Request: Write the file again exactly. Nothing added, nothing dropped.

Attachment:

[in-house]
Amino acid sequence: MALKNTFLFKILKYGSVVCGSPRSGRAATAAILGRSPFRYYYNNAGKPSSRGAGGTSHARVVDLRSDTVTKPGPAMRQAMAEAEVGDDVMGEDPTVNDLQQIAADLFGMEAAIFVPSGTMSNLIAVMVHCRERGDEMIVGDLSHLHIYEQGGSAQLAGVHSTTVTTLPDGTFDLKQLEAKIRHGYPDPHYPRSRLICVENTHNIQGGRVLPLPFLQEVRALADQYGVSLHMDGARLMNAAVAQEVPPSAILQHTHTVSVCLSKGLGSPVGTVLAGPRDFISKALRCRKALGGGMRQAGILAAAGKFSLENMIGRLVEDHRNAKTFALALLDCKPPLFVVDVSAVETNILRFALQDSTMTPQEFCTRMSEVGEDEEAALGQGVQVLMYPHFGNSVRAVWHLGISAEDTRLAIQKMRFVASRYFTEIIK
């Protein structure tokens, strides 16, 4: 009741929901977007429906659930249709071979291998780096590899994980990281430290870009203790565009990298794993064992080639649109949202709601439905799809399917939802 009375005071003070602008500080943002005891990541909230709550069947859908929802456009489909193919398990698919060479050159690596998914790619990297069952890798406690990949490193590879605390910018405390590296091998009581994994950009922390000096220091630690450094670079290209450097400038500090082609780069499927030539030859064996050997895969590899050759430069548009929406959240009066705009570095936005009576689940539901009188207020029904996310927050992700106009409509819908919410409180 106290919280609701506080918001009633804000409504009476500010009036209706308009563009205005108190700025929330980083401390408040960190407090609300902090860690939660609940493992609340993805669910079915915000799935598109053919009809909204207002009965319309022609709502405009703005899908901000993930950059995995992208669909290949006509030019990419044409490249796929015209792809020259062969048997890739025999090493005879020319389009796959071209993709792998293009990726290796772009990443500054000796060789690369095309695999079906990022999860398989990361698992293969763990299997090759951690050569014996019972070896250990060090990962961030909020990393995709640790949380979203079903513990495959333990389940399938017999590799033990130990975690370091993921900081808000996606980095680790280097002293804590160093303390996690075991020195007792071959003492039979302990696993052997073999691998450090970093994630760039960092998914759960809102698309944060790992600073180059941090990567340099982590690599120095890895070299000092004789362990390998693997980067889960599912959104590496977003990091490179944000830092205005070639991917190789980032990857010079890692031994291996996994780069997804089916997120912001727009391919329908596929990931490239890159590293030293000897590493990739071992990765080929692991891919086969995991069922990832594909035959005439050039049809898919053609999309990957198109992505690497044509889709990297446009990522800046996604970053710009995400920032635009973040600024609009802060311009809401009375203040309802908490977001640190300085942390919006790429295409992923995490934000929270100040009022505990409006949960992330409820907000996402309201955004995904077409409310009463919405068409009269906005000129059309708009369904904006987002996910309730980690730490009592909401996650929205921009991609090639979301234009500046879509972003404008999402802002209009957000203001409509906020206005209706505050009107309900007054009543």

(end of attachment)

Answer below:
[in-house]
Amino acid sequence: MALKNTFLFKILKYGSVVCGSPRSGRAATAAILGRSPFRYYYNNAGKPSSRGAGGTSHARVVDLRSDTVTKPGPAMRQAMAEAEVGDDVMGEDPTVNDLQQIAADLFGMEAAIFVPSGTMSNLIAVMVHCRERGDEMIVGDLSHLHIYEQGGSAQLAGVHSTTVTTLPDGTFDLKQLEAKIRHGYPDPHYPRSRLICVENTHNIQGGRVLPLPFLQEVRALADQYGVSLHMDGARLMNAAVAQEVPPSAILQHTHTVSVCLSKGLGSPVGTVLAGPRDFISKALRCRKALGGGMRQAGILAAAGKFSLENMIGRLVEDHRNAKTFALALLDCKPPLFVVDVSAVETNILRFALQDSTMTPQEFCTRMSEVGEDEEAALGQGVQVLMYPHFGNSVRAVWHLGISAEDTRLAIQKMRFVASRYFTEIIK
């Protein structure tokens, strides 16, 4: 009741929901977007429906659930249709071979291998780096590899994980990281430290870009203790565009990298794993064992080639649109949202709601439905799809399917939802 009375005071003070602008500080943002005891990541909230709550069947859908929802456009489909193919398990698919060479050159690596998914790619990297069952890798406690990949490193590879605390910018405390590296091998009581994994950009922390000096220091630690450094670079290209450097400038500090082609780069499927030539030859064996050997895969590899050759430069548009929406959240009066705009570095936005009576689940539901009188207020029904996310927050992700106009409509819908919410409180 106290919280609701506080918001009633804000409504009476500010009036209706308009563009205005108190700025929330980083401390408040960190407090609300902090860690939660609940493992609340993805669910079915915000799935598109053919009809909204207002009965319309022609709502405009703005899908901000993930950059995995992208669909290949006509030019990419044409490249796929015209792809020259062969048997890739025999090493005879020319389009796959071209993709792998293009990726290796772009990443500054000796060789690369095309695999079906990022999860398989990361698992293969763990299997090759951690050569014996019972070896250990060090990962961030909020990393995709640790949380979203079903513990495959333990389940399938017999590799033990130990975690370091993921900081808000996606980095680790280097002293804590160093303390996690075991020195007792071959003492039979302990696993052997073999691998450090970093994630760039960092998914759960809102698309944060790992600073180059941090990567340099982590690599120095890895070299000092004789362990390998693997980067889960599912959104590496977003990091490179944000830092205005070639991917190789980032990857010079890692031994291996996994780069997804089916997120912001727009391919329908596929990931490239890159590293030293000897590493990739071992990765080929692991891919086969995991069922990832594909035959005439050039049809898919053609999309990957198109992505690497044509889709990297446009990522800046996604970053710009995400920032635009973040600024609009802060311009809401009375203040309802908490977001640190300085942390919006790429295409992923995490934000929270100040009022505990409006949960992330409820907000996402309201955004995904077409409310009463919405068409009269906005000129059309708009369904904006987002996910309730980690730490009592909401996650929205921009991609090639979301234009500046879509972003404008999402802002209009957000203001409509906020206005209706505050009107309900007054009543």